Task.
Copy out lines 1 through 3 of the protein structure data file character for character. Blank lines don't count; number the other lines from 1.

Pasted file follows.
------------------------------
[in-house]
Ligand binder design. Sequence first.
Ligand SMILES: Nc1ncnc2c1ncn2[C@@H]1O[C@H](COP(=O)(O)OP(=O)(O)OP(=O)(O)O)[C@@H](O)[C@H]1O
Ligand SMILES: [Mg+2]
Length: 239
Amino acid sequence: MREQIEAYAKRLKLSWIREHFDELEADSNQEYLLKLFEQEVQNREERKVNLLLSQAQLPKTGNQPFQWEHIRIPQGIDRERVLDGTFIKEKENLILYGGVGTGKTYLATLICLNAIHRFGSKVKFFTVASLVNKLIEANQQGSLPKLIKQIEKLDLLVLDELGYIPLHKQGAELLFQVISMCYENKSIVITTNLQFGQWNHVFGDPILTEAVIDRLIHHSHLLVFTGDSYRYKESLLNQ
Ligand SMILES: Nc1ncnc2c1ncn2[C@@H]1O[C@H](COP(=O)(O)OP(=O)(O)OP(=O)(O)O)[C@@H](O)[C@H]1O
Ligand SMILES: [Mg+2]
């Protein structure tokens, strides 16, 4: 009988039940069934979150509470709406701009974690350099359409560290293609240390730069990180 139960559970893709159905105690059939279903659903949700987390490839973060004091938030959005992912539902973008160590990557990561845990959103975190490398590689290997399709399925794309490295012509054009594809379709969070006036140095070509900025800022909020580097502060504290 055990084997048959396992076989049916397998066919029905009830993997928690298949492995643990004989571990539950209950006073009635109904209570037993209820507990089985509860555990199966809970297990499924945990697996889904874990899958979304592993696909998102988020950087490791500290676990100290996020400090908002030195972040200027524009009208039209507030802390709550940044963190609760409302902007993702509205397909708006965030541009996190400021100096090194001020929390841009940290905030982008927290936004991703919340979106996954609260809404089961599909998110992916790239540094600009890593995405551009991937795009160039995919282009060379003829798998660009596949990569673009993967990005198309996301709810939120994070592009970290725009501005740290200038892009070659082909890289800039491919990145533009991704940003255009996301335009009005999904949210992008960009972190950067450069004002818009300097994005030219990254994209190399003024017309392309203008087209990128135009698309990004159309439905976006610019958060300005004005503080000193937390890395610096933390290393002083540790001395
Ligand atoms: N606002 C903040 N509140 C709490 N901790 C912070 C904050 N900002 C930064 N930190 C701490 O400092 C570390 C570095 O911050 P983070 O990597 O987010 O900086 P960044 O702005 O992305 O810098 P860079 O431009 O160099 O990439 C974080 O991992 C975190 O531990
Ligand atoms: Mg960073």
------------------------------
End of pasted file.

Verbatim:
[in-house]
Ligand binder design. Sequence first.
Ligand SMILES: Nc1ncnc2c1ncn2[C@@H]1O[C@H](COP(=O)(O)OP(=O)(O)OP(=O)(O)O)[C@@H](O)[C@H]1O